Being who you are called to be

Being who you are called to be


Oscar Wilde once offered the following advice: "Be yourself; everyone else is already taken"  the above advice but I wonder how many of us involved in church leadership actually adhere to this? The expectations of those in our congregations and communities, either overtly expressed or inferred, will invariably exert a strong influence on our identity. Many of the characteristics and behaviour we display in church leadership may in fact be the result of accidental programming arising from the expectations of those whose approval we seek, rather than our own character. I am reminded of a time I met with a group of American church leaders, whereupon by the end of the day I had developed an American accent because subconsciously I was seeking to adapt in order to gain their approval. 

We band the phrase around ‘just be yourself’, and yet I cannot help but wonder how many of us fear that in being ourselves we could end up rejected or criticised, so instead we try to be someone else. Over the years I have encountered many who have tried to emulate the leadership skills of Bill Hybels, the preaching skills of Rico Tice and the pastoral empathy of Mother Teresa, only to feel like they have failed when they have not achieved any of these. They have needed reminding, as we all do from time to time, that we are called in light of who we are and who we are becoming in Christ.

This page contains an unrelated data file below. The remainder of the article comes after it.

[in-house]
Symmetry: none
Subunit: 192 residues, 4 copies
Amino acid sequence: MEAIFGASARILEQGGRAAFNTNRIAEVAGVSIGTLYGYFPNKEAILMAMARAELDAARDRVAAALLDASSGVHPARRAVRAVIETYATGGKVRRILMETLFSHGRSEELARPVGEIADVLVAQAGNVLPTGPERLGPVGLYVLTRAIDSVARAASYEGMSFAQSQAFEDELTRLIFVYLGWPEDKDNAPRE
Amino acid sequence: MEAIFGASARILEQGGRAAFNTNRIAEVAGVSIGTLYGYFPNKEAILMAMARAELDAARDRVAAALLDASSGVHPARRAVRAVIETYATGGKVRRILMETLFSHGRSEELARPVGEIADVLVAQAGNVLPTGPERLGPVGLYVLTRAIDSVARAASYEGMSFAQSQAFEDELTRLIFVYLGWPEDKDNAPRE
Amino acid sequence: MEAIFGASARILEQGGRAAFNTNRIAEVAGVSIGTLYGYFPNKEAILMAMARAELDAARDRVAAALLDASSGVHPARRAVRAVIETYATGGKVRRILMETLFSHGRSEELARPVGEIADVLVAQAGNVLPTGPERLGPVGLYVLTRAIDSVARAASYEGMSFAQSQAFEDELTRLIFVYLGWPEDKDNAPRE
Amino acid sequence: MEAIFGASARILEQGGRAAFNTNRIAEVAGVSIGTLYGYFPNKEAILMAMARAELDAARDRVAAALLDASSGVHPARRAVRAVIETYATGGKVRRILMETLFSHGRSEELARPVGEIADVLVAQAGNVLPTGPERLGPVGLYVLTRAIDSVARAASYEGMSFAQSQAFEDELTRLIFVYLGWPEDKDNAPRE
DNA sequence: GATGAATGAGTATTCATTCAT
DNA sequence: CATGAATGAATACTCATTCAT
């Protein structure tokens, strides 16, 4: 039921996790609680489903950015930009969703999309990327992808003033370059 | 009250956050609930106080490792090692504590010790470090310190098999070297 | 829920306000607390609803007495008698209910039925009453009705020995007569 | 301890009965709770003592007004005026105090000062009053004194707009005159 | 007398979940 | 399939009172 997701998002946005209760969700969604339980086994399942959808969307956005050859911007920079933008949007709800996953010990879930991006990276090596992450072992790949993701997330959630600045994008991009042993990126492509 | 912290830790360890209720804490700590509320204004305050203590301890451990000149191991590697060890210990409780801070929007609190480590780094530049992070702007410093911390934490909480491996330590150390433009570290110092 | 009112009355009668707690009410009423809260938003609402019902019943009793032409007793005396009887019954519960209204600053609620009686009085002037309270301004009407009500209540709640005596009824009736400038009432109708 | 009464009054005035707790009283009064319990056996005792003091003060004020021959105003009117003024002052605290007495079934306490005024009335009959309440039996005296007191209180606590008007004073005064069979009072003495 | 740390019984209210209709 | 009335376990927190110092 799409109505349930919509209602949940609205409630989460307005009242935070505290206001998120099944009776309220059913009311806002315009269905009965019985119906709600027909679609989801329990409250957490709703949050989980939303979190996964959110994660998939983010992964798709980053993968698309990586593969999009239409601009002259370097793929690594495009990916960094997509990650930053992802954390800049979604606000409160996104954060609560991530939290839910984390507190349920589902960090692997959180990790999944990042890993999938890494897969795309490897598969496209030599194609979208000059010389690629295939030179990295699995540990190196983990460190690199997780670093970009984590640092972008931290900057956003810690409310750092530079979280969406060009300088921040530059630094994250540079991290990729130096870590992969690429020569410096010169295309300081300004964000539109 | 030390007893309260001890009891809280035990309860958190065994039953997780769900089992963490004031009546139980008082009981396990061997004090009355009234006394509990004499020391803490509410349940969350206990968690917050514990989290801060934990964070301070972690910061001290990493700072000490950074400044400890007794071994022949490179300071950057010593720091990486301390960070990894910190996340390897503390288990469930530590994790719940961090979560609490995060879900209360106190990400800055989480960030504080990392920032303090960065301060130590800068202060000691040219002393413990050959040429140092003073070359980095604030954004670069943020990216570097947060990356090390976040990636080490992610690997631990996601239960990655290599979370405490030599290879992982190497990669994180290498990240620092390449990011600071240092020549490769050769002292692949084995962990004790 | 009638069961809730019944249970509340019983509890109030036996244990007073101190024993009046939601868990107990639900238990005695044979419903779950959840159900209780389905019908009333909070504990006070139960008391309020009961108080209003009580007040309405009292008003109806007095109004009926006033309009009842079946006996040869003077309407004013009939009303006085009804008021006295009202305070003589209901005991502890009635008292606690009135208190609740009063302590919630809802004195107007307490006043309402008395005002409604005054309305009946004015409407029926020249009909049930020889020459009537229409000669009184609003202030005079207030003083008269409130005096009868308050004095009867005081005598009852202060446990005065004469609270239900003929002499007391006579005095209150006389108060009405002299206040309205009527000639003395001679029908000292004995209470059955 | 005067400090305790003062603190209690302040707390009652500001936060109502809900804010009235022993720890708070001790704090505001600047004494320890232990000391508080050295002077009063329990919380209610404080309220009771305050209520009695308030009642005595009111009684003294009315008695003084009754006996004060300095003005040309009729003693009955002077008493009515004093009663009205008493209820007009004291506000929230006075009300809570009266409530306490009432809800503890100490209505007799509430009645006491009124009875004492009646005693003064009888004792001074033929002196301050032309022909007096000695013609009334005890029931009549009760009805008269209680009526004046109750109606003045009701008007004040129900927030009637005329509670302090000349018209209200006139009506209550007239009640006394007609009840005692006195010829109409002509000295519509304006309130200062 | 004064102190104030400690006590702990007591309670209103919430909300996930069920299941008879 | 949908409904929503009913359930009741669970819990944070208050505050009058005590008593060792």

Trying to be someone else can be incredibly exhausting; it can be a huge drain on our minds and  bodies, whilst also being spiritually limiting. It takes a lot of effort to stifle our natural tendencies and create an acceptable image for our environment. The truth is God has created each of us as individuals; no two people are alike, not even identical twins. We are each created for a purpose, and it is not His will that we become carbon copies of others. As I read through scripture I see that God called Moses to deliver the children of Israel, He called Esther to deliver the Jewish people, He called Jeremiah to be a prophet to the nations. God really does know what he is doing when He calls people, and God knew what he was doing when He called you to serve where you are. 

We are called in light of our personality, our character, and our gifting. If your church really needed Bill Hybels, God would have called him. But he didn't, God called you – with your hang-ups, your weaknesses and failings. The Psalmist reminds us in Psalm 139:14-16 that our heavenly Father really does know what He is doing. So, I implore you, as you plan for your Christmas services, be you! It takes far less effort, you don't have to put on a front and it is acting in obedience to the call of God.

Simon Mattholie